Water supply

A catalyst for water transformation

The Urban Water Catalyst Initiative is an important step towards addressing the challenges of water provision. It emphasises willingness to reform, financial autonomy and the integration of technical and financial support for urban utilities.
Water supply in the Baljeet Nagar slum, New Delhi. picture-alliance/Bildagentur-online/AGF-Hermes Water supply in the Baljeet Nagar slum, New Delhi.

One of the voluntary commitments that Germany’s federal government, with support from KfW Development Bank and the German Agency for International Cooperation (GIZ), made together with the Dutch government at this year’s UN Water Conference was the Urban Water Catalyst Initiative (UWCI). The partnership, initiated by Germany, is open to additional donors. In fact, according to Global Water Intelligence, the leading publisher of the international water industry, the initiative may be the most important contribution to the UN’s Water Action Agenda.

The UWCI marks the first time a global instrument has been created that purposefully strengthens urban water utilities that possess the two most important conditions for reform: autonomy and a motivated, stable management that enjoys local political support.

Five elements increase the effectiveness of support for utilities, accompanying and complementing the bilateral programmes that will still be necessary for developing the general conditions:

  • Local willingness to reform: utilities supported by UWCI must demonstrate that their leadership and governing bodies back the company’s reforms. They must also plan the strategic implementation of the reforms autonomously. Instead of adhering to constraints imposed by donors, the utility management itself should determine the path to the goal.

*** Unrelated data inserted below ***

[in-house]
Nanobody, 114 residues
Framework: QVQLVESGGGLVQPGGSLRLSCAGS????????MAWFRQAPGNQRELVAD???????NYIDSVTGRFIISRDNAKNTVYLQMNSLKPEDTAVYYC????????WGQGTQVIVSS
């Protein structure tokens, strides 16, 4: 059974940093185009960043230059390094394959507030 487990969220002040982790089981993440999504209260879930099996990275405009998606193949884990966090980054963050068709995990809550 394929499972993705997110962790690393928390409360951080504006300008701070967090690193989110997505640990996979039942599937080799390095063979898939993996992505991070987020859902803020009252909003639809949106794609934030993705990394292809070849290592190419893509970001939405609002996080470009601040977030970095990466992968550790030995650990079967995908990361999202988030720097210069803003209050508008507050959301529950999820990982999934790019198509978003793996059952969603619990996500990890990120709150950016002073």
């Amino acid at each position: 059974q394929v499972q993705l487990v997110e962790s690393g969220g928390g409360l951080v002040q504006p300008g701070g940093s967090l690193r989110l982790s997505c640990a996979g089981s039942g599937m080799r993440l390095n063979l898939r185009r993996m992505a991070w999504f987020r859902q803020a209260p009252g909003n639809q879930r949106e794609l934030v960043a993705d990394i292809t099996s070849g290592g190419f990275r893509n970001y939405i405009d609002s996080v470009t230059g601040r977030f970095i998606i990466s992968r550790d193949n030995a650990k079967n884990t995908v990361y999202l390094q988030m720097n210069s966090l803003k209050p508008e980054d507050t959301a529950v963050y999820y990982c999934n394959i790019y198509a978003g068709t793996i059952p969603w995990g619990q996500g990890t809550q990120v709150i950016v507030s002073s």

• Competition and flexible assistance for results: funding will be provided in places where utilities can actively apply for it and be persuasive. This ensures that funding and technical support go to companies that actually want change. Flexibility provided by expert pools and small-scale financing should be tailored to meet utilities’ needs.
  • Support for utilities instead of project-related resource allocation: the UWCI supports utilities independent of investment projects in places where it can provide the most leverage for increases in efficiency. The focus is not only on new infrastructure projects, but also on optimising the operation of existing facilities and connecting customers to existing networks, particularly in the early funding phases. Utilities must achieve cost coverage in order to gain independence from subsidies for operation. Doing so eases the burden on public budgets, which can then use the funds for other purposes. It also protects utilities from political interference and paves the way to creditworthiness.
  • Financial autonomy and local financing: experiences from Colombia, Tanzania and Kenya show that if water utilities manage to improve their cost coverage, they can also refinance with local development and commercial banks and on their own countries’ capital markets. This is a sustainable approach because it eliminates currency risks and reduces countries’ debts. Thereby, utilities can tap into long-term financing sources outside of official development assistance (ODA). When utilities stop receiving subsidies for operation, they can take their development into their own hands. Nevertheless, commercial financing is only one component. Investments in water infrastructure will rely on the public sector for the foreseeable future. Water is and will remain a social and political good.
  • Improved integration of technical and financial support: technical advice (like from utility partnerships or aid workers) and investment plans supported by development banks often do not sufficiently intersect. Different interests, processes and project cycles hamper effective coordination. In this context, the UWCI relies on tailored advice that is based on the independent expertise of experienced technicians and managers in the water industry. What’s more, short- and long-term financing – ranging from grants, to loans, to guarantees to local banks – is provided from a single source and in a systematic way.

In close cooperation with German and Dutch partners, the UWCI will soon begin supporting the first utilities. 

Daniel Nordmann is policy advisor for GIZ and KfW for the Urban Water Catalyst Initiative.

Dieter Rothenberger is head of the GIZ sector programme “International Water Policy – Innovations for Resilience”.

Jörg Dux is head of the KfW team “Water and Waste Management in North Africa”.

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